Bail us out, Magoha tells private schools over junior high

George Magoha

Education Cabinet Secretary Prof George Magoha. 

Photo credit: Francis Nderitu | Nation Media Group

Education Cabinet Secretary George Magoha has asked parents with children in private primary schools that have junior secondary school sections to keep them there to reduce competition for public secondary schools when Grade Seven rolls out in January.

The government has turned to the private sector to avert a crisis in the already over-enrolled public secondary schools when there will be a double intake next year.

Additionally, the government plans to place Grade 7 learners in private schools during the selection of secondary schools, as opposed to the current practice where learners are only placed in public schools.

According to Prof Magoha, learners remaining in private schools will reduce the stiff competition that is witnessed when the transition to secondary school happens, amid concerns over preparedness.

Under the competency-based curriculum (CBC) framework, the pioneer learners will transition to junior secondary school (JSS) at the end of the primary cycle (Grade 6) in November.

“I’d like to encourage private schools and for the purposes of junior secondary school, it would be very important for the parents who already have children in private schools to retain them in JSS that have been established within those schools so that the cut-throat competition that comes after Standard Eight can be postponed to Year Nine,” Prof Magoha said yesterday. He was speaking at Moi Educational Centre in Nairobi when he inspected the preparation of private schools for junior secondary.

Usually, parents shun public primary schools because of the low quality of education and take their children to private schools to give them a better chance of securing places in well performing public secondary schools.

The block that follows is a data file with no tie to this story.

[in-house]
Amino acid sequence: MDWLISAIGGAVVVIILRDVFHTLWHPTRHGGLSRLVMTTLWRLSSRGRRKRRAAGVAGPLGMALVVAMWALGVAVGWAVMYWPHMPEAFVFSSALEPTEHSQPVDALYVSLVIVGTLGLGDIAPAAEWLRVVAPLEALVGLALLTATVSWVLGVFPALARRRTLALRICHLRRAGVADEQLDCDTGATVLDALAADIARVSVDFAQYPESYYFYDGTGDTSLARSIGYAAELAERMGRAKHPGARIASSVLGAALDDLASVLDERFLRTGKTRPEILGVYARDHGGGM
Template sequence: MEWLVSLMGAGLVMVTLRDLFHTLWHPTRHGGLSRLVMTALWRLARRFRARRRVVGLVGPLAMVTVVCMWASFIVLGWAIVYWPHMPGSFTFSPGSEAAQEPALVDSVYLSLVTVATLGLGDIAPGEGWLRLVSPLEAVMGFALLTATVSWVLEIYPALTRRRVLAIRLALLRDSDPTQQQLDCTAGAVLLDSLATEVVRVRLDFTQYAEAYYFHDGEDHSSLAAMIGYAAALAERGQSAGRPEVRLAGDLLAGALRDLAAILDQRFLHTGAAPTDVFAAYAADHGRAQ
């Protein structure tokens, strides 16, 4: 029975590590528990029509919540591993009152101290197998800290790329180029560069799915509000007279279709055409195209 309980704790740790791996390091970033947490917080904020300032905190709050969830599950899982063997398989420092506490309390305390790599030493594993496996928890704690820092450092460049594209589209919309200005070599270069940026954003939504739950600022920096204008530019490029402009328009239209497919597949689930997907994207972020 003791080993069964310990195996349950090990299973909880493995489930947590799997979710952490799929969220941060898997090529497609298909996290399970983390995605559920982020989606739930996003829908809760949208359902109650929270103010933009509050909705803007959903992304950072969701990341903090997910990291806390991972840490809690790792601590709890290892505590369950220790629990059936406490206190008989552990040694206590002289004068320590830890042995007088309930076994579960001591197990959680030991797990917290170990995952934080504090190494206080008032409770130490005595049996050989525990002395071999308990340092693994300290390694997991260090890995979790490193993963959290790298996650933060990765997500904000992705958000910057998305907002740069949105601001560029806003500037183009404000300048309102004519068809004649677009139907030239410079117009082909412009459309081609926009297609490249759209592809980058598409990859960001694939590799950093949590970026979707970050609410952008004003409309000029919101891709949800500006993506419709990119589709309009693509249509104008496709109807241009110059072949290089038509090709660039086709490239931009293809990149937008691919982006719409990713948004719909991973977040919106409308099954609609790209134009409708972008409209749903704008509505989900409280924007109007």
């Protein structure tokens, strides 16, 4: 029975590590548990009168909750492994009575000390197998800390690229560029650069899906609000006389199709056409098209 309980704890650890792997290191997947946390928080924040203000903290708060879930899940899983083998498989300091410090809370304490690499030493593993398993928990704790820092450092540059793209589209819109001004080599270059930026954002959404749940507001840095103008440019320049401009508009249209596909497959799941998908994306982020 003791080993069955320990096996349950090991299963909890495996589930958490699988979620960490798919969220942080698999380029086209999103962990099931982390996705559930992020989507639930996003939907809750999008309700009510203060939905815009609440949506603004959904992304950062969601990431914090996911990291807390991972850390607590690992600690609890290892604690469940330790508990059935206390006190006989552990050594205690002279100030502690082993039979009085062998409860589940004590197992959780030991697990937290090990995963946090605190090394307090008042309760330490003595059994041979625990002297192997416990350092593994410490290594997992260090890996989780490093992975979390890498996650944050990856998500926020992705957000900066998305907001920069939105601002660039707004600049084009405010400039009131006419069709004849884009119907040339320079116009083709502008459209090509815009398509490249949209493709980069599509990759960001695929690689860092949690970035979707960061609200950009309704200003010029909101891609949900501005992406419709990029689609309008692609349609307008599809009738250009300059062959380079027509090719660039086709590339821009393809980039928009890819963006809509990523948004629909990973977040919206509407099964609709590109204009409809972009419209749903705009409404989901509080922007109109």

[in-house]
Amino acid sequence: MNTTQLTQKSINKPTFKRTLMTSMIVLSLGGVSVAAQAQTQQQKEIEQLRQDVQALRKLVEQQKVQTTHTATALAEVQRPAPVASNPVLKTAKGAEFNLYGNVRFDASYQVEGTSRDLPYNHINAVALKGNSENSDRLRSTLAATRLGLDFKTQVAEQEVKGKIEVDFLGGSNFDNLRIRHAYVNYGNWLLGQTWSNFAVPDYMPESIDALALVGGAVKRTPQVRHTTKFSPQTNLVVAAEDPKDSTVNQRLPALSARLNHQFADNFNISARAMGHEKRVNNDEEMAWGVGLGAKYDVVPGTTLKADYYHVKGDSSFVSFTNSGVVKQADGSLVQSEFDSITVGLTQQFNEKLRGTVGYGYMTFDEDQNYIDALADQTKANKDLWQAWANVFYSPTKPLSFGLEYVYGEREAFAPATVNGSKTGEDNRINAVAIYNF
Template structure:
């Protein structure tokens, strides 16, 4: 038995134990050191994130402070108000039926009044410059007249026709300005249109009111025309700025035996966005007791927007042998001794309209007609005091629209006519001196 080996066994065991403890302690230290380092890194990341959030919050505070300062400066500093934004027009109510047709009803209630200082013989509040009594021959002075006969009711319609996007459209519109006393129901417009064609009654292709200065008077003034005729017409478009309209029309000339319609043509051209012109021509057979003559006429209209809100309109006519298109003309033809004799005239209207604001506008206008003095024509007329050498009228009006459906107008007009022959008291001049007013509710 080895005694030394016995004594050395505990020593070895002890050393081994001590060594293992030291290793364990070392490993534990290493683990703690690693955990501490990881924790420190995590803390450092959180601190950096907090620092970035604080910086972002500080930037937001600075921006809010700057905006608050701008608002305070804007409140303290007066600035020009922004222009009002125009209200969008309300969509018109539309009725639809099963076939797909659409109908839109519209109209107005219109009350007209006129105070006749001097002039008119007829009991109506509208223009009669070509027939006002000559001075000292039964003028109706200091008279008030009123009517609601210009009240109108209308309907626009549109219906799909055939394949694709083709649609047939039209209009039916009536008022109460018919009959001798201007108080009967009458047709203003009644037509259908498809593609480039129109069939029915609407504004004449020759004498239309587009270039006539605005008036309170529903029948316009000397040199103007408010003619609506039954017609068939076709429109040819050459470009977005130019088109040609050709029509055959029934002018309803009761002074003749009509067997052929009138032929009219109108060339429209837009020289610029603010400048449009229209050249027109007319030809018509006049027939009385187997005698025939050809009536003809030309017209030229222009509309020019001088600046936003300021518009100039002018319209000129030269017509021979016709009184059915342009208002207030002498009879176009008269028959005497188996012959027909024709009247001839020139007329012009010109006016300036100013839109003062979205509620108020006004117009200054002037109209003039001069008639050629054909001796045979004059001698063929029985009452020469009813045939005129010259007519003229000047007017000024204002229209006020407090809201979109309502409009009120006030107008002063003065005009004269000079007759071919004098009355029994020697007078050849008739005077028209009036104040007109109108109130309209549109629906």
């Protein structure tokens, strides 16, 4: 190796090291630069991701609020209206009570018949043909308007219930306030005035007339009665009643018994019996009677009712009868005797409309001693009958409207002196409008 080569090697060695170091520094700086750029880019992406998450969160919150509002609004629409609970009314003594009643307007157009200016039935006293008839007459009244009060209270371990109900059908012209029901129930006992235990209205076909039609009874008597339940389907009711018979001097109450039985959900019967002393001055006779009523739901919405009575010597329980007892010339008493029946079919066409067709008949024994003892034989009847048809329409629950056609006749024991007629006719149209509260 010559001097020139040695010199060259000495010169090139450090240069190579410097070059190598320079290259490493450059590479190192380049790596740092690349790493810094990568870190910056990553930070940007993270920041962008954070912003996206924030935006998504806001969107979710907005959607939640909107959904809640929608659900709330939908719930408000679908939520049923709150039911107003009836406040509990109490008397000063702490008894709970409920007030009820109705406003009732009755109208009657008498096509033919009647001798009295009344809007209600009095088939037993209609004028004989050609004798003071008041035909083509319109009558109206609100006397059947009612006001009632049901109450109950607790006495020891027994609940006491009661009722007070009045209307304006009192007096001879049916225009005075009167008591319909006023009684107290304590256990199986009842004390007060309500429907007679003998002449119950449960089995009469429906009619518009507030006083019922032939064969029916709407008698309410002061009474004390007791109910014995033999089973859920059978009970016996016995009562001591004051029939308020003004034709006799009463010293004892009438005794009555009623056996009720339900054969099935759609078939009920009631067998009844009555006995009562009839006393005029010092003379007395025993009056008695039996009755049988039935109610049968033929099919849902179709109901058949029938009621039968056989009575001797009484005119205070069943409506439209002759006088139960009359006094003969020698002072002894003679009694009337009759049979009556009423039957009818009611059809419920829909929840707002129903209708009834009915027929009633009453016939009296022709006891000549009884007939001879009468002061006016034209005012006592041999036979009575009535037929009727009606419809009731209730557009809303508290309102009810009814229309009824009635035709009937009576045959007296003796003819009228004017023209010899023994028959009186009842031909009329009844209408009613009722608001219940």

The January double intake of 8-4-4 Form 1 and CBC Grade 7 learners is likely to create a shortfall of 1,489,144 places in secondary schools. This will put a strain on infrastructure and other resources in secondary schools, including teachers.

With the recommended class size of between 45 and 50 students, these would require 29,783 more classrooms.

According to the Kenya Private Schools Association chair Charles Ochome, the sector targets to put up 5,000 new classrooms for junior secondary, but so far, only 1,290 are complete.

The Jubilee government has a target of building 10,000 classrooms by the time it leaves office in two months, but has struggled to complete the first phase of 6,497, which began late last year and had a completion deadline of March 7.

With only six months left before the transition, parents and teachers are still in the dark over the criteria of placing students in junior secondary.

“We are almost completing that (process). The children are going to apply and we’ll tell them the number of schools that are available. We encourage the private schools which we’ll say are ready for JSS to allow the children apply on the public platform so that they are placed,” the CS said.

The implementation of the CBC has attracted the attention of politicians, with some in the Kenya Kwanza Alliance saying they will abolish it if they win. However, Prof Magoha told off the politicians.

“Just like we have allowed politicians to play their game up there, they should also allow us who are academics and teachers to play ours down here. We’ve no intention of going up there. Once we’re given the policy, we drive it,” he said.

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